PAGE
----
Special thanks to star physical therapist Brace Hayden, DPT, CSCS of Alpine Physical Therapy for providing this write up on a recent article from Spine.
The incidence of “slipping a disc” in your low back or herniating an intervertebral lumbar disc, in the medical vernacular, while attempting to move that heavy filing cabinet is not uncommon. The ensuing low back pain and often accompanying radiating leg or buttock pain from a bulging disc putting pressure on your spinal nerves is also unfortunately, quite common. Dr. Jon Lurie and a collaborative team of researchers based out of Dartmouth’s Department of Medicine, Orthopedics, Health Policy and Clinical Practice set forth to assess the data of 8-years of outcome research from operative versus non-operative treatment for this debilitating back issue.
Decompression surgery to relieve disc-related spine pain is a well-researched and a highly-accepted indication for spine surgery. While in the throws of an episode of raging low back pain, the quick fix of going under the knife seems like a logical decision, but spine surgery comes with plenty of costs and risks. The questions Dr. Lurie’s team set to answer was: why does the rate of surgery vary so greatly geographically in the U.S, if the surgical option is more effective and faster to provide relief? They also aimed to add to the body of knowledge of high-quality, multiple-testing sites, with randomized controlled trials of prospective surgical (or conservatively managed) effects on patients over the long term.
This study was considered a ‘concurrent prospective randomized and observational cohort study’, as each of the 1,991 eligible participants chose either a route into randomized study (surgery vs nonsurgery) at one of 13 spine clinics participating in this Spine Patient Outcomes Research Trial (SPORT) or the observational group. The observational group got to choose their not-so-random, treatment route of surgery vs nonsurgery. There was plenty of lenience in the eight-year study for either group to opt in or crossover to the other group as their back issue and provider deemed necessary. The nonoperative group was tracked over the course of the study and received the “usual care” recommendations. These treatments were customized to the individual and included at least: physical therapy, back pain education and counseling, and medication management.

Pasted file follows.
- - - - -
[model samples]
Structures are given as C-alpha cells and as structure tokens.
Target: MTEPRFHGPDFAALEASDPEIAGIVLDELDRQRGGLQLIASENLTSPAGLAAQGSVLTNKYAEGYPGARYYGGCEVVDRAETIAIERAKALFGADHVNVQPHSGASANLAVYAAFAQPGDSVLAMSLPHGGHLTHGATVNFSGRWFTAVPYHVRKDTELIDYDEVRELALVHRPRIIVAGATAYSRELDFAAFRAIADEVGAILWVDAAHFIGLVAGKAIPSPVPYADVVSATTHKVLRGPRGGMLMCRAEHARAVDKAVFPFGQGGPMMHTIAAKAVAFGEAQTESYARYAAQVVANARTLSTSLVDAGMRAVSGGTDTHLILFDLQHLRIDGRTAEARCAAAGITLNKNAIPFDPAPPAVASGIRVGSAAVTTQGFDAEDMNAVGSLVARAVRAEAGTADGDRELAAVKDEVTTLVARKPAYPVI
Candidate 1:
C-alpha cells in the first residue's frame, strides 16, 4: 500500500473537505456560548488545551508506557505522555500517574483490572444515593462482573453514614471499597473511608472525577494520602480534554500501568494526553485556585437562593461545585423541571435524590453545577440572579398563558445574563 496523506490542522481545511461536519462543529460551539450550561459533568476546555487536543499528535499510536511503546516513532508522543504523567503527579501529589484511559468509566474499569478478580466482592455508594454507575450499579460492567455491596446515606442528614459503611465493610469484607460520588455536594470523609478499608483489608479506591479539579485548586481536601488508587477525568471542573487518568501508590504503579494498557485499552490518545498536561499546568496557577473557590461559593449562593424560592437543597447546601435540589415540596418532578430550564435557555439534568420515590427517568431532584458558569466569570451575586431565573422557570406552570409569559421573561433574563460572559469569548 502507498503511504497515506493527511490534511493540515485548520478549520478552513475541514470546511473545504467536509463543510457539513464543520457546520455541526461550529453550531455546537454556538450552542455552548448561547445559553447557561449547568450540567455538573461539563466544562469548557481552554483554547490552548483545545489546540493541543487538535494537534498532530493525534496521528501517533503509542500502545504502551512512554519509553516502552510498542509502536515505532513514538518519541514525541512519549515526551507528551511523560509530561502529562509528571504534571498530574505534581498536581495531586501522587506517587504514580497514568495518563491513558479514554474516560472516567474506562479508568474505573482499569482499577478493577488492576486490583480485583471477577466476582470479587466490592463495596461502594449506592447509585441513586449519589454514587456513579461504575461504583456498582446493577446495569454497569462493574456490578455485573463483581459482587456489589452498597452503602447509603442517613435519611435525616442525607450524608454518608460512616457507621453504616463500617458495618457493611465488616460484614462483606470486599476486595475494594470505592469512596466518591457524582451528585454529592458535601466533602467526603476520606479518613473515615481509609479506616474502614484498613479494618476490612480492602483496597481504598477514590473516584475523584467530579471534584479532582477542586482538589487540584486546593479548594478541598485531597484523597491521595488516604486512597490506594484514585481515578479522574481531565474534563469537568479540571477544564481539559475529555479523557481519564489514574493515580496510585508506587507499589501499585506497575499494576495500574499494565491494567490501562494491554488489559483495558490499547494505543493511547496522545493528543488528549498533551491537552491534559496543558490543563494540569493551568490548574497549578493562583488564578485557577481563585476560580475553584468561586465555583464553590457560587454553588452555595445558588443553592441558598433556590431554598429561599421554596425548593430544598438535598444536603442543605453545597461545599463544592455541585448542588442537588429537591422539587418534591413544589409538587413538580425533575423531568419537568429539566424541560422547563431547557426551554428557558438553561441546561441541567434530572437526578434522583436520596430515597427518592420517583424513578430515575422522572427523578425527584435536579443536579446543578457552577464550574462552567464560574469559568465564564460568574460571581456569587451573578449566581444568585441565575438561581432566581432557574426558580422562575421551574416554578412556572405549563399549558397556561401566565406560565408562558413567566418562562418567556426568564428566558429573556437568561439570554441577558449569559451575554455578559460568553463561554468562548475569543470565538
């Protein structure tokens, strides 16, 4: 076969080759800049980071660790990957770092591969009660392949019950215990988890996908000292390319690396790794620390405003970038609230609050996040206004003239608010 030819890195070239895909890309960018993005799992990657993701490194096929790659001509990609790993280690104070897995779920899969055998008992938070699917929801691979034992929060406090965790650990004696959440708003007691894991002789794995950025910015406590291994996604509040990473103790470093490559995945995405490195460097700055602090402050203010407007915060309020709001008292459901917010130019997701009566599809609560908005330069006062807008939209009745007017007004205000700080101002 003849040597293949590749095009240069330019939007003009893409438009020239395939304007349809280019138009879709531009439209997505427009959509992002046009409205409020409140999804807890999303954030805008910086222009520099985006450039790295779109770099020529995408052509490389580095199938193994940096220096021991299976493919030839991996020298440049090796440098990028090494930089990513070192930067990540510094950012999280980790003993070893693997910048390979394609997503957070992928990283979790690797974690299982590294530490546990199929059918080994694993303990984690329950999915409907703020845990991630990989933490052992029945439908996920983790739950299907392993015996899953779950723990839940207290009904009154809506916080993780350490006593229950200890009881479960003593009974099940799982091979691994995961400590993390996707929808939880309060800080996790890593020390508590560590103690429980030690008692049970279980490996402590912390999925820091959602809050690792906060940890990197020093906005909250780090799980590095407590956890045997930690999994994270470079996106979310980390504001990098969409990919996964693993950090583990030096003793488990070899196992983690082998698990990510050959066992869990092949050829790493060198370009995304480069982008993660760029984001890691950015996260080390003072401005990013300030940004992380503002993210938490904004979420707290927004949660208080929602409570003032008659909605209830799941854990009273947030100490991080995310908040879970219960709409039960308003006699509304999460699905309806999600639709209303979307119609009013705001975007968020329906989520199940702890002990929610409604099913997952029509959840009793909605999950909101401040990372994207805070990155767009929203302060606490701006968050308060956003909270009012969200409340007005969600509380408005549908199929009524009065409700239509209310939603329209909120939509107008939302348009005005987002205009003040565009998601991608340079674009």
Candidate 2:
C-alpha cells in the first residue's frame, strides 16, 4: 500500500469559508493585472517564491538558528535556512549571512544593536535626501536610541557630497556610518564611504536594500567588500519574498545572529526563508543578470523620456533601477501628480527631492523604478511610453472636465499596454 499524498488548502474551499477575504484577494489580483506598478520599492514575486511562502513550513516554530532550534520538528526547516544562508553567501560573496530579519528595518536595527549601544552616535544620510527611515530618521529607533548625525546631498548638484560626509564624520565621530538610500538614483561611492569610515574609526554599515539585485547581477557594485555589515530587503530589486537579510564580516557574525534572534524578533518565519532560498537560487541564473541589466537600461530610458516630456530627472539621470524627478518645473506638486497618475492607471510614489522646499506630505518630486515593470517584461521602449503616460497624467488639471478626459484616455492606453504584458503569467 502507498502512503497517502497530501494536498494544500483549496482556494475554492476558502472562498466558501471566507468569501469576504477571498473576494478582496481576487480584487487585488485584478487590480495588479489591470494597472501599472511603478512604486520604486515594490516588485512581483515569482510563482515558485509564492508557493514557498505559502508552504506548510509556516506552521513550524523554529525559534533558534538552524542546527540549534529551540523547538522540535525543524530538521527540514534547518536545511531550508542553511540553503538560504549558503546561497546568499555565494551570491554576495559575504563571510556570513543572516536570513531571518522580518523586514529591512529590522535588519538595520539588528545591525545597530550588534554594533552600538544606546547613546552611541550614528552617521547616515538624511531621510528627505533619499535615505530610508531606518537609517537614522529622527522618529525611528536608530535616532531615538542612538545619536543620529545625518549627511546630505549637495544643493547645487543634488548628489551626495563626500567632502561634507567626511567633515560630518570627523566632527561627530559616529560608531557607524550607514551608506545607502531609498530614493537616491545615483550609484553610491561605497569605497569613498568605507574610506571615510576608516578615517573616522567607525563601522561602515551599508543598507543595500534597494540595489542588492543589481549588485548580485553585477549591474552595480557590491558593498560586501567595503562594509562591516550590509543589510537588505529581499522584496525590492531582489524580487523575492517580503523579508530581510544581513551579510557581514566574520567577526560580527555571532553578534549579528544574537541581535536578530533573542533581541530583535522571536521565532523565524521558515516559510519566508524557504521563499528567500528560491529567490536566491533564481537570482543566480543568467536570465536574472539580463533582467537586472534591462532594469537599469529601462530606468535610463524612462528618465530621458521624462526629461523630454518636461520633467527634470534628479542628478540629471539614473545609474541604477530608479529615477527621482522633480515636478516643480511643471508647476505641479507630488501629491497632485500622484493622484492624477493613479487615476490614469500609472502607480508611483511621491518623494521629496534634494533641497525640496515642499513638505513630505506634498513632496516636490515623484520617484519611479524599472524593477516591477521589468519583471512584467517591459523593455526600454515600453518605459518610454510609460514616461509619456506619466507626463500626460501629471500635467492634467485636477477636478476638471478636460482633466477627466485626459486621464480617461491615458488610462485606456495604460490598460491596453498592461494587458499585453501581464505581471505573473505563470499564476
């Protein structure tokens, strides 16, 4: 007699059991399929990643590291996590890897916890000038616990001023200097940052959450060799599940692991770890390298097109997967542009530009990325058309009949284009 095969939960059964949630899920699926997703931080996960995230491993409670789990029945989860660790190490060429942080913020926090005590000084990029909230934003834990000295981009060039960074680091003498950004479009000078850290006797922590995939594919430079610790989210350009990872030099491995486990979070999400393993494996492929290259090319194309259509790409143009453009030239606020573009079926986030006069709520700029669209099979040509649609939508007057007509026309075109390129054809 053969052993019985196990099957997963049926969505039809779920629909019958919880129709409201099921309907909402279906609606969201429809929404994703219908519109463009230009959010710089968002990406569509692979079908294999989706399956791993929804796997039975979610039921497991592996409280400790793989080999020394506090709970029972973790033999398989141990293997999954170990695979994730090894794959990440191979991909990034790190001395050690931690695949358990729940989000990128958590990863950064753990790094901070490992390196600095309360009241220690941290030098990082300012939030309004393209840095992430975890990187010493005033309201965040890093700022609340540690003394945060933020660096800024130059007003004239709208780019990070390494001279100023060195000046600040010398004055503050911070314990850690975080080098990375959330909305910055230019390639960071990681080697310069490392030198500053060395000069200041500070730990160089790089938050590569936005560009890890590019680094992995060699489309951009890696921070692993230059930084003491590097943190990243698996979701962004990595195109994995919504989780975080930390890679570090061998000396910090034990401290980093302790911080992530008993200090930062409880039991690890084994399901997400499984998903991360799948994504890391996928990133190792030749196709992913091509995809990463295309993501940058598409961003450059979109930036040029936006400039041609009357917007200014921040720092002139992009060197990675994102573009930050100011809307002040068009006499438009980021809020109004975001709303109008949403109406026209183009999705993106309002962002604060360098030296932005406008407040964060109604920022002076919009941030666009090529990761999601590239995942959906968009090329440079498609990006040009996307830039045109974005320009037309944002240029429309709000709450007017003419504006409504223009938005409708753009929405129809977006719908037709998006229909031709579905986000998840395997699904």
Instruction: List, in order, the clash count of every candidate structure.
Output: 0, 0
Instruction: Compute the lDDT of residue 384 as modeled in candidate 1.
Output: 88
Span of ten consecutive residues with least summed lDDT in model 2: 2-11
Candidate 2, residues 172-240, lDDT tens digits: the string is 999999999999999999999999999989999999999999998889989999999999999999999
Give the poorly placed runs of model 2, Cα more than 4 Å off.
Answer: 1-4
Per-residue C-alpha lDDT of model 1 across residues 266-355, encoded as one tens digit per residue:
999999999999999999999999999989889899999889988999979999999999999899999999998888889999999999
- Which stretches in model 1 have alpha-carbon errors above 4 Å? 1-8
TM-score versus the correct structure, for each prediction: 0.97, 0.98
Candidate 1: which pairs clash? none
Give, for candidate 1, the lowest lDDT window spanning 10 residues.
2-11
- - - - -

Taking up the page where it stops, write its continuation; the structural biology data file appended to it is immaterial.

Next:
All of the enrolled participants received thorough screenings and imaging tests for eligibility (such as >6 weeks of radiating low back pain with a confirmatory MRI), outcome measures and assessments on a regular basis (6 weeks, 3 months, and 6 months, and annually thereafter). Most surgical participants had the standard bulge trimming or ‘open discectomy’ and exam of their pinched nerve root. The study gets highly complicated statistically, as the analyses were multifactorial and convoluted to best capture the longitudinal comparisons of the randomized and observational groups. Lurie et al. provided plentiful and excellent flow diagrams cited in the original paper for those that want to peruse the detailed statistical intricacies behind such analyses as “intent-to-treat” versus “as-treated” groupings.
The results reiterated the hypothesis that usually, effective and selective surgery relieves radiating low back pain. Over the course of this 8-year study, more measurable improvements were “clinically significant” in all of the main outcome measures (ie. bodily pain, physical function, perceived disability) for the surgical group than those who remained nonoperative. However, both groups experienced heavy amounts of statistically challenging “crossover”, as humans tend to change their mind on the question of: Should I Get My Sciatica Relieved Surgically, Or Should I Wait? The common exception for both groups was neither returned to prior work status. Or once you ‘blow a disc’ hoisting that filing cabinet up the stairwell, you’re less likely to return to moving heavy office equipment regardless of choosing surgery or conservative care for your back. The study goes on to throw the conclusive bone to those deliberating this costly surgery, that “even among patients with strong surgical indications, many (34%) remained in the nonoperative group out to 8 years”. Take comfort in conservative rehabilitative care and do your core stabilization exercises and spine stretches if surgery doesn’t sound like your calling, as improvements in “sciatica bothersomeness” happened in both groups.
Jon O. Lurie, MD, MS, et al. Surgical Versus Nonoperative Treatment for Lumbar Disc Herniation – Eight-Year Results for the Spine Patient Outcomes Research Trial. In Spine. 2014, Volume 39, Number 1. Pp. 3-16.
For more information, visit our patient guide on this topic by clicking here.
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